The head of the World Health Organization said on Monday an independent evaluation of the global coronavirus response would be launched as soon as possible, and China backed such a review.
Director general Tedros Adhanom Ghebreyesus made his promise during a virtual meeting of the WHO’s decision-making body, the World Health Assembly, at which Chinese President Xi Jinping defended his country’s own handling of the crisis.
U.S. President Donald Trump has fiercely questioned the WHO’s performance during the pandemic and led international criticism of China’s handling of the early stages of the crisis.
Tedros, who has always promised a post-pandemic review, said it would come “at the earliest appropriate moment” and provide recommendations for future preparedness.
“We all have lessons to learn from the pandemic. Every country and every organization must examine its response and learn from its experience. WHO is committed to transparency, accountability and continuous improvement,” Tedros said.
The review must encompass responsibility of “all actors in good faith,” he said.
According to Tedros, preliminary tests in some countries showed that at most, 20 per cent of populations had contracted the disease. Most places, he said, that figure is less than 10 per cent.
But, Tedros said, “the risk remains high and we have a long road to travel.”
Change in Chinese position
A resolution drafted by the European Union called for an independent evaluation of the WHO’s performance and appeared to have won consensus backing among the health body’s 194 member states.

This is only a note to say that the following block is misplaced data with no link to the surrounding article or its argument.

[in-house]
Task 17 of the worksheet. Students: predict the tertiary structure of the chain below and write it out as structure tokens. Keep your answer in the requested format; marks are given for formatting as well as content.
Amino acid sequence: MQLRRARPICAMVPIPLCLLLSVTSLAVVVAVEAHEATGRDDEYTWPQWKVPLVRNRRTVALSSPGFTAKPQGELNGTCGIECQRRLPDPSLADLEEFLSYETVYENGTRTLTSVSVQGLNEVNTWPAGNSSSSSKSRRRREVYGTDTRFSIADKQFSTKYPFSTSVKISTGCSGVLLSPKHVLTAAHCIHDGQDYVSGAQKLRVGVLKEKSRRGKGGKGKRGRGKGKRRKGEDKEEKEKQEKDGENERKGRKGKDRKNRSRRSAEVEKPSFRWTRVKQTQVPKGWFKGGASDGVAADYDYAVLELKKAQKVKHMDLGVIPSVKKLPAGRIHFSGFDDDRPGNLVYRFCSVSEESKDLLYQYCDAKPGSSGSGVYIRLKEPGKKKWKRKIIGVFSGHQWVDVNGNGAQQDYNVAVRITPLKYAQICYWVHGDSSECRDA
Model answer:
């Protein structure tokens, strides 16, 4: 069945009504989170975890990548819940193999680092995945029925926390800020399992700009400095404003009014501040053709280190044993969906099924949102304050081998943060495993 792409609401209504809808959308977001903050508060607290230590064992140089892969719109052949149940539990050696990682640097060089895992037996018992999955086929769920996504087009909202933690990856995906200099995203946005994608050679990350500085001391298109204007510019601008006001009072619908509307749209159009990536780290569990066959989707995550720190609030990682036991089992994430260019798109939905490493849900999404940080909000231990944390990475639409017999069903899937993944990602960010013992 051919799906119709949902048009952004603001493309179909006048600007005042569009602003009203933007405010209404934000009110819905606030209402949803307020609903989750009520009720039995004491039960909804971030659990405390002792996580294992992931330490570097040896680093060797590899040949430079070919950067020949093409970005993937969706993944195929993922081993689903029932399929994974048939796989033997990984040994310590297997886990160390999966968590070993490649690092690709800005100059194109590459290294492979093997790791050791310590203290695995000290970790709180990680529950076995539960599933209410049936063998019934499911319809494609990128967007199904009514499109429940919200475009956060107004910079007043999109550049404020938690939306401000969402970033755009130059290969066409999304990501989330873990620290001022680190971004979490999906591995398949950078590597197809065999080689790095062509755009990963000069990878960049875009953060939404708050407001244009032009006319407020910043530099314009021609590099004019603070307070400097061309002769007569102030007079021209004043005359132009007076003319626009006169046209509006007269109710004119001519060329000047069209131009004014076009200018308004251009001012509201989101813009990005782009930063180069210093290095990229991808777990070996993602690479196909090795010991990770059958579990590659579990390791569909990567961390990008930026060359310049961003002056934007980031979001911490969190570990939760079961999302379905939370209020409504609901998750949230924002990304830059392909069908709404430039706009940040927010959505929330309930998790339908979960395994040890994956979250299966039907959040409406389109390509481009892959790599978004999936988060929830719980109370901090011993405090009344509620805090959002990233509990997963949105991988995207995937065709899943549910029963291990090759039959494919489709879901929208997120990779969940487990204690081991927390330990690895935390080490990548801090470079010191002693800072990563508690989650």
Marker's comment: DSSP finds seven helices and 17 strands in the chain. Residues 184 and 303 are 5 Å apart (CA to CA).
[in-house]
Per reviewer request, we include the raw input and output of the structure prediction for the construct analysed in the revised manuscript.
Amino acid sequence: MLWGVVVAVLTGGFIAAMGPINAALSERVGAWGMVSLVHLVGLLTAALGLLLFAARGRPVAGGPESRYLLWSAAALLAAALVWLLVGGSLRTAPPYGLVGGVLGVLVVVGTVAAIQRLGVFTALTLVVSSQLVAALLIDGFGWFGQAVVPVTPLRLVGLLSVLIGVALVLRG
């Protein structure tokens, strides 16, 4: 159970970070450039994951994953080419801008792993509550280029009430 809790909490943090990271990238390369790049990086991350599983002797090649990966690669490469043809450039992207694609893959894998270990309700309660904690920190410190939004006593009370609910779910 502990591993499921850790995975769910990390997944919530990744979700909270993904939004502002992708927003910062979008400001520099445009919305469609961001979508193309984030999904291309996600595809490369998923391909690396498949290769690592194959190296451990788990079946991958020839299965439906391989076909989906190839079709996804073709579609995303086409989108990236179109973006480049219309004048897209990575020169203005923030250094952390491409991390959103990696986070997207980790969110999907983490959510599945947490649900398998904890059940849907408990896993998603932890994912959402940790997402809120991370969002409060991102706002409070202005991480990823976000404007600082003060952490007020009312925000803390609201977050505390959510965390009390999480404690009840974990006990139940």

China has previously opposed calls for a review of the origin and spread of the coronavirus, but Xi signalled Beijing would be amenable to an impartial evaluation of the global response once the pandemic is brought under control.
“This work needs a scientific and professional attitude, and needs to be led by the WHO. And the principles of objectivity and fairness need to be upheld,” he told the meeting via video.
Calling the pandemic the most serious global public health emergency since the end of the Second World War, Xi said: “All along we have acted with openness and transparency and responsibility.”
A draft of the EU resolution made no mention of China.
WHO and most experts say the virus is believed to have emerged in a market selling wildlife in the central Chinese city of Wuhan late last year. U.S. Secretary of State Mike Pompeo said this month there is “a significant amount of evidence” the virus came from a laboratory in Wuhan, a charge China rejects.
A draft text of the EU resolution urges Tedros to initiate an “impartial, independent and comprehensive evaluation” of the response to COVID-19 under the WHO “at the earliest appropriate moment.”
Diplomats said the United States, which suspended its funding of the WHO during the crisis, was unlikely to block a consensus backing the resolution.
But it could “dissociate” itself from sections referring to intellectual property rights for drugs and vaccines, and to continued provision of services for sexual and reproductive health during the pandemic, they said.
United Nations Secretary General Antonio Guterres called the WHO “irreplaceable.” South African President Cyril Ramaphosa said Africa affirms its “full support,” but assistance to the continent should include debt relief and help with diagnostics, drugs and medical supplies.
Barbados’ prime minister said Caribbean states need a restructuring of debt or a debt moratorium to “provide certainty to both borrower and lender” during the pandemic.
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